The Mines Madeleine hut is an old mining crew bunkhouse, and was well equipped with a woodstove, running water, and a bathroom. Upstairs were beds for 14 or so people in a relatively open space, divided by half walls. It is very inexpensive to stay, a little more than 20 dollars per night. I was there alone for about an hour and took a nap until awakened by a young couple from Montreal who were touring from another nearby hut (the Gaspésie has many backcountry huts that can be rented and toured on cross country skis). They would be my only company this evening.
Though it was dark, I wanted to venture further up the trail to get a view of my surroundings. There was still a bit of twilight lingering, and though the snow was still blowing I put on my head lamp and skis and headed uphill. The service road runs to the top of Petit Mont Sainte Anne,and I went about half way up before turning back to the lodge. I stripped off my skins and had a fun solo run in the dark back to the hut by the light of my headlamp. The trail was smooth and about 15 feet wide, and I could see the distant glimmer of the lights in the hut as a reference. Otherwise I was alone in a sea of blowing snow. It was simply spectacular. I returned to the hut, prepared dinner and chatted a bit with the couple before retiring for a long and welcome sleep.
The next morning I woke early to a partly cloudy day with blowing and drifting snow. After breakfast I said my goodbyes to the young couple and set out for the summit, packing lunch and planning to explore. My plan was to summit, then continue across the plateau to Mont Comte and Mont Jacques Cartier to see if I could find some skiable terrain a bit farther away. I had read on many web blogs that Mines Madeleine apparently had a lot of terrain right outside the hut door, but due to the blowing snow I couldn’t see it. I wanted to find somewhere that was more wind protected.
This plan would require about 4-5 miles (one way) of travel and route finding across the plateau. As I climbed toward Petit Saint Anne the new snow hung precariously on steep slopes above me. I stayed on the road to minimize my exposure, and felt generally safe because there were many trees anchoring the new snow. Once I reached the top I was well above treeline and I knew right away that summit travel would be difficult and my plan would likely have to change. I was blown over several times by 80-90k gusts and had a very difficult time seeing my hand in front of my face. I pressed on for about 3/4 of a mile before I realized that route finding was simply too risky in these conditions, especially alone in unfamiliar terrain. It was cold, and the wind chill was substantial.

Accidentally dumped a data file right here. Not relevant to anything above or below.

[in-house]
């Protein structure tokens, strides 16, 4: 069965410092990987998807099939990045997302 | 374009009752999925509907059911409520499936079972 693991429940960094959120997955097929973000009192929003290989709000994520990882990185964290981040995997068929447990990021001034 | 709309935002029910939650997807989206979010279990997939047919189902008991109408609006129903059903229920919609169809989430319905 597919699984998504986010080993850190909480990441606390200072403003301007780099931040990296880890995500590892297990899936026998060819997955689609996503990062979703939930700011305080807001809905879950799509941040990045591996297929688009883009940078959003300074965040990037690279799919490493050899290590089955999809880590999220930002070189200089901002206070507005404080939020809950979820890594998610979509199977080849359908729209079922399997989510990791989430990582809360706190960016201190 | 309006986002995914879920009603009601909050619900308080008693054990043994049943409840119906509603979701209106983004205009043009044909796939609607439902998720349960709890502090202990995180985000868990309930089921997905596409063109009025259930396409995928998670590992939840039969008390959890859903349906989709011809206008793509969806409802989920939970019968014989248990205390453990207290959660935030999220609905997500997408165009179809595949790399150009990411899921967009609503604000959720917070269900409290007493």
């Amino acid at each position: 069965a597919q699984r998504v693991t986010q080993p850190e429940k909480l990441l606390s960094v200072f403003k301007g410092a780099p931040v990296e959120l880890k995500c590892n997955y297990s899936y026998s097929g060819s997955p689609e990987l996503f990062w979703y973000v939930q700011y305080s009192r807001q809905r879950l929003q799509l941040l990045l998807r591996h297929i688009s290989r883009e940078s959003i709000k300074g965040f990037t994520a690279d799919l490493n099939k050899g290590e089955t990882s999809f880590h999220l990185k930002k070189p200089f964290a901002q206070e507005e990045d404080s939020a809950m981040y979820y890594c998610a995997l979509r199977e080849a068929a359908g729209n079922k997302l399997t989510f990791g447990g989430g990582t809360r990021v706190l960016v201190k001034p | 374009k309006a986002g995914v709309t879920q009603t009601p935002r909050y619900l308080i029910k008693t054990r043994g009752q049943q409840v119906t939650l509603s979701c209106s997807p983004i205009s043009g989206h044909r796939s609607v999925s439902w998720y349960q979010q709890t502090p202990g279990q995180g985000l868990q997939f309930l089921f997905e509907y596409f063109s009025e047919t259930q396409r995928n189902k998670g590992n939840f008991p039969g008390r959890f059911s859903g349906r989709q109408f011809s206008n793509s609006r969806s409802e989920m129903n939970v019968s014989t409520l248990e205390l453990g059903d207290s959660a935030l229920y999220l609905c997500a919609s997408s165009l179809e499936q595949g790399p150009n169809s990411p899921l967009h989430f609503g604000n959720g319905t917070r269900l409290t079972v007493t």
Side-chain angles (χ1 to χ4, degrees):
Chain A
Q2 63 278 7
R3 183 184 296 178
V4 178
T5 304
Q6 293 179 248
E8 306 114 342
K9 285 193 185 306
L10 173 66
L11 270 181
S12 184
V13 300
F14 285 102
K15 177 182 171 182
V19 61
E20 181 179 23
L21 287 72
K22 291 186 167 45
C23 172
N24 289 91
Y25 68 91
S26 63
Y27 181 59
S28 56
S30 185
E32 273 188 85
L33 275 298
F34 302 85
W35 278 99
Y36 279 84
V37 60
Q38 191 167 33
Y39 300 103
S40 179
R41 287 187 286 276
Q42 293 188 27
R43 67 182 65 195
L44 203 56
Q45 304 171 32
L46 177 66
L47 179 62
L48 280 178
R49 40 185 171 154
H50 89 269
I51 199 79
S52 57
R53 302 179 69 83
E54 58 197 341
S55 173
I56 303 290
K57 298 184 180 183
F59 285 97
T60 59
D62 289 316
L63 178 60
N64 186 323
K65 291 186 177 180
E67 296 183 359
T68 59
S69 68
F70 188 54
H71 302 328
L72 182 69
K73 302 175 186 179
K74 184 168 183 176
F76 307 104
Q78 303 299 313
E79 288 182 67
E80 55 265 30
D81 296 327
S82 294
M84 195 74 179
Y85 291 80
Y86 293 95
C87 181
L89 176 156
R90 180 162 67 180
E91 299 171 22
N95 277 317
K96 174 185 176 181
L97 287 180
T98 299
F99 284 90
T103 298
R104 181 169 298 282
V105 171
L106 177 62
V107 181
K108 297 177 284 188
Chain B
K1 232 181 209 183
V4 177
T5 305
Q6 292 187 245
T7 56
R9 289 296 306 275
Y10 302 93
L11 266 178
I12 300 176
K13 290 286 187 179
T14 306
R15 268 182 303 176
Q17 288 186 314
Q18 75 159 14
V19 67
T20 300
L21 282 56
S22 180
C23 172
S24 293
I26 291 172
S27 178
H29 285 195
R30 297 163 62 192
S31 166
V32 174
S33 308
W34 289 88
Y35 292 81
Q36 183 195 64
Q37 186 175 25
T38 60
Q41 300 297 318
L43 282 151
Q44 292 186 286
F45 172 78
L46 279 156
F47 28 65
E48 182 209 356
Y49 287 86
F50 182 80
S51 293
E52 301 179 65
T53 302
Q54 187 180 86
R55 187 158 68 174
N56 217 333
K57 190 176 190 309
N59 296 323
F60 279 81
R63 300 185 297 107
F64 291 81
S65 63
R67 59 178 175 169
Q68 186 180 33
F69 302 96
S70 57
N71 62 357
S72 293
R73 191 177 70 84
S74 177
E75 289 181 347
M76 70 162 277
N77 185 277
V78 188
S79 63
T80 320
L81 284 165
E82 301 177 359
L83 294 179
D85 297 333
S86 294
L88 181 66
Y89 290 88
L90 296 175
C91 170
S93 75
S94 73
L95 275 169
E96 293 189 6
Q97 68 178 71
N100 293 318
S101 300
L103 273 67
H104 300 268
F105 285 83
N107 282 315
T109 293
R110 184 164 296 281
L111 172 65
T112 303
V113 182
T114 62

I paused by some caribou tracks (the Gaspésie is home to the southern-most herd of caribou in North America). They were fresh and the animal was likely close by watching me, though I could not see it. She knew where she was going. I didn’t. I returned to the summit trail, stripped off my skins and began the long winding decent to the hut. I didn’t realize how cold I had become on the summit, so I was glad to return to the warmth of the hut. The couple had left, but two Parc Snow Rangers were inside warming by the woodstove. They were evaluating the avalanche hazards in the area following the new snow. We discussed conditions for the day, and all agreed that, with the blowing snow, the local bowls would be unstable and dangerous. Not that we could even see them anyway! I asked if they could recommend some good low angle tree skiing close by, and they directed me back down the trail to a side road used by SkiChicChocs, a local cat skiing operation.
About kilometer down the road, I found a turn for the snowcat operation. Another kilometer or so through the woods brought me to a snow covered snowcat, at the bottom of what appeared to be a narrow road going up. This road actually led up the other side of Petit St Anne from where I had been in the morning. It was much more sheltered in the trees than near the hut, and I was able to gain quite a bit of vertical in short order. The trees were loaded with snow, and I could see steep chutes through the trees to my left, down into a drainage. While it looked appealing, I didn’t want to ski steep trees while alone, especially with no one at the hut or within many miles, so I stuck to the road and safety.
It was a nice pitch down through shin deep powder, and where I could get enough speed up I ventured through the trees on the edge of the trail. I took 3 loops before my weary legs told me to wrap it up. I put on my skins for the climb back to Mines Madeleine.